In a letter posted on his website addressed to POTUS, Icahn responded to criticism on the Democratic side that his role might create a conflict of interest. “I never sought any special benefit for any company with which I have been involved, and have only expressed views that I believed would benefit the refining industry as a whole,” he wrote.
According to the letter, Icahn is stepping down to avoid the distraction of “partisan bickering.” The investor’s announcement comes on the same day that White House chief strategist Steve Bannon exited the White House — whether Bannon resigned or was fired is currently unclear.
The announcement also seems to top off an already tumultuous week for the White House. Trump has been criticized over the past week for failing to sufficiently condemn white supremacists, neo-Nazis, and other hate groups, and drew massive backlash when, in a combative Tuesday press conference, he blamed “both sides” for the violence in Charlottesville, Va.
Several CEOs subsequently resigned from advisory boards before both the Manufacturing Council and the Strategy and Policy Forum dissolved altogether. Members of his Arts and Humanities Committee also resigned in protest, though the White House later issued a statement arguing that Trump had already decided not to renew the executive order for the group.
Read Icahn’s full statement below.
Dear Mr. President:
This will confirm our conversation today in which we agreed that I would cease to act as special advisor to the President on issues relating to regulatory reform.
As I discussed with you, I’ve received a number of inquiries over the last month regarding the recent appointment of Neomi Rao as Administrator of the Office of Information and Regulatory Affairs (or “regulatory czar,” as the press has dubbed her) – specifically questions about whether there was any overlap between her formal position and my unofficial role. As I know you are aware, the answer to that question is an unequivocal no, for the simple reason that I had no duties whatsoever.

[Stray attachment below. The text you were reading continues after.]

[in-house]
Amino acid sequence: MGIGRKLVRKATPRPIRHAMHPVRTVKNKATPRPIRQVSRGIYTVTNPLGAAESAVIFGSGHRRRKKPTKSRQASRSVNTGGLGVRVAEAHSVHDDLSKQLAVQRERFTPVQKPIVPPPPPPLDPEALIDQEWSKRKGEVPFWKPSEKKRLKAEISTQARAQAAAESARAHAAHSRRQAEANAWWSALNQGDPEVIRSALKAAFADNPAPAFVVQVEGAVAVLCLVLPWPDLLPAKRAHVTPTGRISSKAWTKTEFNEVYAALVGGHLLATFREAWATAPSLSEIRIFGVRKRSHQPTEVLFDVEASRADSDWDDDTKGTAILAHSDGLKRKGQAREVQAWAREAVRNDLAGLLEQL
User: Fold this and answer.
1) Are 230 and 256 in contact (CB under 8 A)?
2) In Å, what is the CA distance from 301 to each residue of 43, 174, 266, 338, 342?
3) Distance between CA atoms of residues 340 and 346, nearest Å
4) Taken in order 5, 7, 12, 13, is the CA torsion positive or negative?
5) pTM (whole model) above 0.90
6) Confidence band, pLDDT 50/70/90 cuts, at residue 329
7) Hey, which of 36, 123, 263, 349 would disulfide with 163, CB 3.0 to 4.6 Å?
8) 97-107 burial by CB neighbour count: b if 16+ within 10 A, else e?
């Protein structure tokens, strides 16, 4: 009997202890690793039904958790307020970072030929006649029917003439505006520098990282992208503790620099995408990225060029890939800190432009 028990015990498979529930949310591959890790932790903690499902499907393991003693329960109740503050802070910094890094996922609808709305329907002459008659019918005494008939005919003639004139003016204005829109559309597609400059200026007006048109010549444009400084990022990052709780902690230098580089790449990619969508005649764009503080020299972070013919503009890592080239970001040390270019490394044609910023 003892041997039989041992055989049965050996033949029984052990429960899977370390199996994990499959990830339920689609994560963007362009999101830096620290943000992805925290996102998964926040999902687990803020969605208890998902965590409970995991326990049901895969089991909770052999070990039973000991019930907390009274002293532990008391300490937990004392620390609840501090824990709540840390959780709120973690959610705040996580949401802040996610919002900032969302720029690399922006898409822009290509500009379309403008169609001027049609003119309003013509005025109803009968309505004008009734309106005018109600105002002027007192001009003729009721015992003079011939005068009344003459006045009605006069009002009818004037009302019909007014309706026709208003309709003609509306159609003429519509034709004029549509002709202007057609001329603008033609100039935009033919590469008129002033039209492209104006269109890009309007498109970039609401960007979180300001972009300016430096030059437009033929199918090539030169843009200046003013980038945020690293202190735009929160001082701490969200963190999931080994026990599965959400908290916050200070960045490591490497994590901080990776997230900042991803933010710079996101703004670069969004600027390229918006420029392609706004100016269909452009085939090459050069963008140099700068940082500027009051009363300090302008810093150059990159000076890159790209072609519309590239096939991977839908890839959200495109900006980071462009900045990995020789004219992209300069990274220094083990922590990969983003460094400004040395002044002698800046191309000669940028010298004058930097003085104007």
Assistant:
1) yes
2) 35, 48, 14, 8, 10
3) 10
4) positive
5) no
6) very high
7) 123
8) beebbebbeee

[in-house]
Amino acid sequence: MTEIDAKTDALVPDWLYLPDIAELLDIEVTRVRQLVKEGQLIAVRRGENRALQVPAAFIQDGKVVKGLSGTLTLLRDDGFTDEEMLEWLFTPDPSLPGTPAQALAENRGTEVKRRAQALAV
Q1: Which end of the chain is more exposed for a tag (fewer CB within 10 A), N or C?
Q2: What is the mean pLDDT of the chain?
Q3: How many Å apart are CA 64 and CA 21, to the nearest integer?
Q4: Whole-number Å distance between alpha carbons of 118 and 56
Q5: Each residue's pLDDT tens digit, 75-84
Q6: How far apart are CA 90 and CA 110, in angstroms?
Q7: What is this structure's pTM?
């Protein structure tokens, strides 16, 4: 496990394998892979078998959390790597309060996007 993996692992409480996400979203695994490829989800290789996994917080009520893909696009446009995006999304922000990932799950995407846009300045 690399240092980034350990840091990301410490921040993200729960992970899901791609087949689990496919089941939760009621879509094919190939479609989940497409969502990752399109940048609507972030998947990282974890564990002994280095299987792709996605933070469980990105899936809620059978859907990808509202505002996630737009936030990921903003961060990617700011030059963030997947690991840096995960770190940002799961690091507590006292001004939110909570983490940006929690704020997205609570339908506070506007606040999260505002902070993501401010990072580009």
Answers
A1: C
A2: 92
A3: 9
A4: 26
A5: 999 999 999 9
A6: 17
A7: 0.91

I never had a formal position with your administration nor a policymaking role. And contrary to the insinuations of a handful of your Democratic critics, I never had access to nonpublic information or profited from my position, nor do I believe that my role presented conflicts of interest. Indeed, out of an abundance of caution, the only issues I ever discussed with you were broad matters of policy affecting the refining industry. I never sought any special benefit for any company with which I have been involved, and have only expressed views that I believed would benefit the refining industry as a whole.
Nevertheless, I chose to end this arrangement (with your blessing) because I did not want partisan bickering about my role to in any way cloud your administration or Ms. Rao’s important work. While I do not know Ms. Rao and played no part in her appointment, I am confident based on what I’ve read of her accomplishments that she is the right person for this important job.
I sincerely regret that because of your extremely busy schedule, as well as my own, I have not had the opportunity to spend nearly as much time as I’d hoped on regulatory issues. I truly appreciate the confidence you have in me and sincerely hope that the limited insights I shared have been helpful to you. I love our country which has allowed me to achieve so much and I thank you for the informal opportunity you have given me to aid it.